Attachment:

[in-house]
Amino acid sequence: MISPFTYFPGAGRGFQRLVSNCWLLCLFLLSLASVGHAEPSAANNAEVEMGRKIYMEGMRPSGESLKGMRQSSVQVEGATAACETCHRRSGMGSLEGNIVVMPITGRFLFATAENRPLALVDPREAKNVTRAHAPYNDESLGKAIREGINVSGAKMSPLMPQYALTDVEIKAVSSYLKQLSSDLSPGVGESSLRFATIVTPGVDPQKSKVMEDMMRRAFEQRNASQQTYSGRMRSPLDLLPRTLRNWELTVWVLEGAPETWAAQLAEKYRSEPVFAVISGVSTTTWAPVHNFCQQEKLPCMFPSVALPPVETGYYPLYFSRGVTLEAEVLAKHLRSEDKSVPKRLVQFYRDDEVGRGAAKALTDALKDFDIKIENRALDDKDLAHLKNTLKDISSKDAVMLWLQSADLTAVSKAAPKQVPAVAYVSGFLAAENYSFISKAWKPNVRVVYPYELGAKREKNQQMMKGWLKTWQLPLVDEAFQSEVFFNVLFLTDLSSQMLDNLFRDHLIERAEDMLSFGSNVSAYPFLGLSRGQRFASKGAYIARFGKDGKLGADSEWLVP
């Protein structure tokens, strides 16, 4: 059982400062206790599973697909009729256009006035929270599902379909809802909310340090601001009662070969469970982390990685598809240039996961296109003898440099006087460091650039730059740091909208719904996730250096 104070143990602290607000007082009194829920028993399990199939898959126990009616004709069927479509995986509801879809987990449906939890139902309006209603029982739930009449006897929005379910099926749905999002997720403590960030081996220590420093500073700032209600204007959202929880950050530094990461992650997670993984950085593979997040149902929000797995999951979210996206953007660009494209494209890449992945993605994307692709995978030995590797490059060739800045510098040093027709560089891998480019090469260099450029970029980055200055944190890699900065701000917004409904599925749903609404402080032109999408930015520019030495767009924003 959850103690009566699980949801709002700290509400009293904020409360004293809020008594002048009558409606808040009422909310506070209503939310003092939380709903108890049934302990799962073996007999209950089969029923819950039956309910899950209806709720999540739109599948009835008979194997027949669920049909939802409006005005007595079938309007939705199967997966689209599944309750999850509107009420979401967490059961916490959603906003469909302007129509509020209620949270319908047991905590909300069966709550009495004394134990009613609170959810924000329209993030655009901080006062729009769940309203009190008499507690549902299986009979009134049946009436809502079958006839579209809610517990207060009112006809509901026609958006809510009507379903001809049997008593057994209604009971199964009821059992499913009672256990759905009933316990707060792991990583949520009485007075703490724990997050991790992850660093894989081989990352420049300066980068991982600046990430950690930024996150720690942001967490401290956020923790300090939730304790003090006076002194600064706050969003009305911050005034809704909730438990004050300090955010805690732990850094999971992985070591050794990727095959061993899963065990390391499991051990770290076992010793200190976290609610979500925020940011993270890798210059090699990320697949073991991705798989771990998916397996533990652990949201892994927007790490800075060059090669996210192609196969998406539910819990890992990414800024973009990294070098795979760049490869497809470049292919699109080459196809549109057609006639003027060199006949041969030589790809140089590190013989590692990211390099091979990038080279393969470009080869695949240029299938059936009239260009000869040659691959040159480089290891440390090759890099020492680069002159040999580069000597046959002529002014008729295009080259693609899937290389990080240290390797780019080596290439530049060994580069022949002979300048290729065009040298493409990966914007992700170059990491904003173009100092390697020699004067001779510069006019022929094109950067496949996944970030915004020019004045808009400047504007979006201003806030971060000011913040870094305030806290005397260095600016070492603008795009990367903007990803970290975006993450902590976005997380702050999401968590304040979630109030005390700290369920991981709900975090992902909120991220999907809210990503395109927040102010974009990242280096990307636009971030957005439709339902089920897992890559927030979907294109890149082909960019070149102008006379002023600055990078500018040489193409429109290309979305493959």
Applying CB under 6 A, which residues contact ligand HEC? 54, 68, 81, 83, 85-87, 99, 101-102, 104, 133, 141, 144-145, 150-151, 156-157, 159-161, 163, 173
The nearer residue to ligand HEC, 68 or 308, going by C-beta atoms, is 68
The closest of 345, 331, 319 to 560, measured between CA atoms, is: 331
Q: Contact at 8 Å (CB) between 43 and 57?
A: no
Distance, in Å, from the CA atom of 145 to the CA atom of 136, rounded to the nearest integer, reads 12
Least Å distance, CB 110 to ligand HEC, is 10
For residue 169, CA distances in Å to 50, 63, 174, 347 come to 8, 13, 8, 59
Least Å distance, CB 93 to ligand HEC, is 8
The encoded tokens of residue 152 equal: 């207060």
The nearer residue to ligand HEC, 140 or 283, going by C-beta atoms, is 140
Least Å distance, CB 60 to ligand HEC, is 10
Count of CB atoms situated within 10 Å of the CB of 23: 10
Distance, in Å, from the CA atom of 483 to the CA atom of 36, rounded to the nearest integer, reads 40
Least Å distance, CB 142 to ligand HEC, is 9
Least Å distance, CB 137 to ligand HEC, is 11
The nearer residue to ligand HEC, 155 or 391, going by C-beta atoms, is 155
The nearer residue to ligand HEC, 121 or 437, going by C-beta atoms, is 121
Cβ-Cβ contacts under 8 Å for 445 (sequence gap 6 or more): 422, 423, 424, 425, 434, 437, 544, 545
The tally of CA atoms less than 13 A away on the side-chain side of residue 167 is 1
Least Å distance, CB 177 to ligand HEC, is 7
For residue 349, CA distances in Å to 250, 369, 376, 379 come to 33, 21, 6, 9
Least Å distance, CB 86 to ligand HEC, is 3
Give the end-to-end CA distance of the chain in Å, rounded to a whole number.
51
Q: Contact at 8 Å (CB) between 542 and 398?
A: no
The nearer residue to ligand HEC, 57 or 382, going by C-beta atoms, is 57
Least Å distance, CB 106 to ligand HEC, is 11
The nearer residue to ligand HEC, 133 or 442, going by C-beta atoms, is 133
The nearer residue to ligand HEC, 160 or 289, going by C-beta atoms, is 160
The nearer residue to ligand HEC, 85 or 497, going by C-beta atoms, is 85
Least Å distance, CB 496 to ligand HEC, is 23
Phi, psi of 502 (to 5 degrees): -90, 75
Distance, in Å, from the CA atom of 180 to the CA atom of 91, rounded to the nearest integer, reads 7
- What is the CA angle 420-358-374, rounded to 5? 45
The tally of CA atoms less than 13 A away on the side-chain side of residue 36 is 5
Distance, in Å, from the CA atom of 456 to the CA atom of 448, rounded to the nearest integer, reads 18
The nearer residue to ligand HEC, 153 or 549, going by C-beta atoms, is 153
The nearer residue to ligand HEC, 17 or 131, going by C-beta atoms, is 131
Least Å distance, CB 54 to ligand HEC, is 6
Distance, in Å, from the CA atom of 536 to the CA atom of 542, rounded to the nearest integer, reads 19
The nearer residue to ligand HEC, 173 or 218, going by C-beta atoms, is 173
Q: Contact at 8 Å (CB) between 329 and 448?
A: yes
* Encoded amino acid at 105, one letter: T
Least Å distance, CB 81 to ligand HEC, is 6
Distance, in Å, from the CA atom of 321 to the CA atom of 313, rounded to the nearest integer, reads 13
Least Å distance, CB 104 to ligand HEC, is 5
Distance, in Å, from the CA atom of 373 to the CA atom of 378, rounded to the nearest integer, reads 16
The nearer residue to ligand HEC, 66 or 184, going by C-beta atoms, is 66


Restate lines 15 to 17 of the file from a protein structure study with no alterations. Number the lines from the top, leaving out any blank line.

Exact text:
Least Å distance, CB 60 to ligand HEC, is 10
Count of CB atoms situated within 10 Å of the CB of 23: 10
Distance, in Å, from the CA atom of 483 to the CA atom of 36, rounded to the nearest integer, reads 40